One common approach to this problem is the use of bitmaps. Bitmaps can be used to quickly and accurately get the cardinality of a given input. While bitmaps drastically reduce the space requirements from the naive set implementation described above they are still problematic when the cardinality is very high and/or you have a very large number of different sets to count.  If we want to count to one hundred million using a bitmap you will need one hundred million bits or roughly 12 megabytes for each counter.  Sparse bitmaps can be compressed in order to gain space efficiency but our bitmaps are not sparse. It is also not uncommon for our jobs to contain hundreds or even thousands of counters so we require a more space efficient solution.

Luckily for us cardinality estimation is a popular area of research. We’ve leveraged this research and implemented, and open sourced, several distributed probabilistic cardinality estimation algorithms. We will not go into the details of how these algorithms work in this post but if you are interested you can find references to the relevant research papers in our GitHub project.  In general these algorithms provide a space efficient mechanism for estimating the cardinality of a set but with less than perfect accuracy. They do this by representing the count as a set of bit fields and use some hashing function to determine the relevant bucket and bit for the element being added to the set. One algorithm, the LogLog cardinality estimation, is amazingly space efficient. Using LogLog you can count up to 100 million distinct elements with 4% error using just 640 bytes.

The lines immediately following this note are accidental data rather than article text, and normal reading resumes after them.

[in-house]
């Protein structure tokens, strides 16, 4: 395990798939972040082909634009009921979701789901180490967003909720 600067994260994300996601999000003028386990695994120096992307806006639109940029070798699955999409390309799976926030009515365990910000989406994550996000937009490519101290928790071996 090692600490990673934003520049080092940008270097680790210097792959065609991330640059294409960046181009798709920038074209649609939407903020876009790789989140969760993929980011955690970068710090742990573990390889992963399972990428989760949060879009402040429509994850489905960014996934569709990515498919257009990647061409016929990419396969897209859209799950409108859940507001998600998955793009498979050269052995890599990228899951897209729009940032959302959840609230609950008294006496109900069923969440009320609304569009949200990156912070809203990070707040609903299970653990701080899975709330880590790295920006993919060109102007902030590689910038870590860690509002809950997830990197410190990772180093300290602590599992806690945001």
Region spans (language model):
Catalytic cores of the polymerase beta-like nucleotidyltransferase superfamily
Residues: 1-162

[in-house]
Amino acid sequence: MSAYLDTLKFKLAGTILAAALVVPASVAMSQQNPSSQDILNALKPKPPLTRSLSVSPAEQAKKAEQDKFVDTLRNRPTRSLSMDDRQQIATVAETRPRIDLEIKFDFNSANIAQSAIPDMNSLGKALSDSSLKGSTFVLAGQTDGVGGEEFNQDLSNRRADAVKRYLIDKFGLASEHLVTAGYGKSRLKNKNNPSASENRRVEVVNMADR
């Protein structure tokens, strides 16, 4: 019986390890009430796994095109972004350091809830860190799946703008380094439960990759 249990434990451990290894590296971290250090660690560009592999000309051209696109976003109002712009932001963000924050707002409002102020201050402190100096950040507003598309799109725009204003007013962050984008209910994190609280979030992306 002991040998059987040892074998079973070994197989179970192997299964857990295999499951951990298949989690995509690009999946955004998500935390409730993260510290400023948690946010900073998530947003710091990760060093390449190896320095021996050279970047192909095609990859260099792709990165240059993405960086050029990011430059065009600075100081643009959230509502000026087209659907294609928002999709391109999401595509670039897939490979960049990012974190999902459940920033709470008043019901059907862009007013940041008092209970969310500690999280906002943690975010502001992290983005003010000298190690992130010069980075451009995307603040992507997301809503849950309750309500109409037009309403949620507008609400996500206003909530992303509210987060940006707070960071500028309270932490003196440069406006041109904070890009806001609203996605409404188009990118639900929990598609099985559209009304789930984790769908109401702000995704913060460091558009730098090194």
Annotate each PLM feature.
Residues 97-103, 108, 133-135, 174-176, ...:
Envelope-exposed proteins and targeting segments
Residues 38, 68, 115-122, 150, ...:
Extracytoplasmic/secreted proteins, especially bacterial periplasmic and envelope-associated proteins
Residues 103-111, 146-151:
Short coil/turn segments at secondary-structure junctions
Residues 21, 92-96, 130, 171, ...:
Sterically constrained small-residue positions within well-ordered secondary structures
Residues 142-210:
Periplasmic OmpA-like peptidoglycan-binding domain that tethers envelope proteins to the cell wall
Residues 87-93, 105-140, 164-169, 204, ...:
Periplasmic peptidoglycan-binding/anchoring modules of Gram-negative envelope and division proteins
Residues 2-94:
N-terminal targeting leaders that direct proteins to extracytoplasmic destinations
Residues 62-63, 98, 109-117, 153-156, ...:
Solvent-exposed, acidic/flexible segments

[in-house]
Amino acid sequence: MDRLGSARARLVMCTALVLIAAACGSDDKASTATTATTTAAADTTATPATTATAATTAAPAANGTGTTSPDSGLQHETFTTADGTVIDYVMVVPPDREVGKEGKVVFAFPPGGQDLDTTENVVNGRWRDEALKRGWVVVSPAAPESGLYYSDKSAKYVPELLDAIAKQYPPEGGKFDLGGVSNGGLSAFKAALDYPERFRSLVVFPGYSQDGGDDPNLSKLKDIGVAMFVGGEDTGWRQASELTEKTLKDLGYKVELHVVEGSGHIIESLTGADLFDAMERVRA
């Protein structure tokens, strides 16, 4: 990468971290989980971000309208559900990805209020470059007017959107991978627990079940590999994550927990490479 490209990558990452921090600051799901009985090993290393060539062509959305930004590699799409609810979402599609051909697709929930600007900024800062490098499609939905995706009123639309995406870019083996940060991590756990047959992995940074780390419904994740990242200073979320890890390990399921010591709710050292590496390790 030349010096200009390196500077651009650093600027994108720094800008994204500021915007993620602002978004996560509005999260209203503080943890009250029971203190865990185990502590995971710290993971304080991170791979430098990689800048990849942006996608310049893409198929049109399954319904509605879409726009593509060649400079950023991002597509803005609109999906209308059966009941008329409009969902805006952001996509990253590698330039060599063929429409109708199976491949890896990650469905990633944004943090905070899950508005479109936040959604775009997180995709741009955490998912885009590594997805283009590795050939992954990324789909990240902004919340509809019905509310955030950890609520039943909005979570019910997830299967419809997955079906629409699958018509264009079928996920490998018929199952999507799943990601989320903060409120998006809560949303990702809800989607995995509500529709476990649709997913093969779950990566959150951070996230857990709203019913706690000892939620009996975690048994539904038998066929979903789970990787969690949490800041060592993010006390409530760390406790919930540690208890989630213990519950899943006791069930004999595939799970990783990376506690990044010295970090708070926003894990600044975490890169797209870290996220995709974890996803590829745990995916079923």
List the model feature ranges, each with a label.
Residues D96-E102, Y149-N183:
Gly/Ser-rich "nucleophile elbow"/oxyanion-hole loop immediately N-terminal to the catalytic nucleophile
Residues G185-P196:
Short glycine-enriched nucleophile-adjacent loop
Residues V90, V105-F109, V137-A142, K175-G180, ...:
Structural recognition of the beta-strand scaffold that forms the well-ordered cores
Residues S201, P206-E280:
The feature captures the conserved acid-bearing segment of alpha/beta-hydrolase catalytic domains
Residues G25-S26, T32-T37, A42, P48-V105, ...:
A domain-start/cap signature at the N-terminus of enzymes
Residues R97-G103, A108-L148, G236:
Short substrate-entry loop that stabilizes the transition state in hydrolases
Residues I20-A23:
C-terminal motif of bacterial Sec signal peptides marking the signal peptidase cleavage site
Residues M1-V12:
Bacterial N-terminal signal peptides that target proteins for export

So now that we can count the number of distinct elements in huge sets using probabilistic cardinality estimators we have to solve for another problem. Clearspring has close to 2 petabytes of storage spread across several hundred servers. We store partitions of our data on each server so in order to get the cardinality of the full data set we need to combine the results from each of the servers. Let’s look at an example.  Imagine that we have 3 servers and the table below represents the cardinality for the data on each of those servers:

Machine

Cardinality

1 1000
2 1500
3 2500

We cannot simply add up the cardinality from each server and say that our total cardinality is 5000. That would assume that the data is partitioned in such a way that guarantees that no ID appears on more than one machine. If that condition is not true, as is often the case, we would be over estimating the cardinality by summing the results. This is where the true power of cardinality estimators really shines through. In addition to being space efficient, the cardinality estimators we use are also mergeable. This means that we can take the cardinality estimate, which is represented as an array of bits, from multiple machines and merge them together to get a cardinality estimate for the global set.

If estimating the cardinality of large sets is a problem you have then we recommend using probabilistic counters and if you happen to use Java then our stream-lib project is great place to start.

Want to work on problems like these?  We are hiring.

Clearspring’s Big Data Architecture, Part 3

Querying Data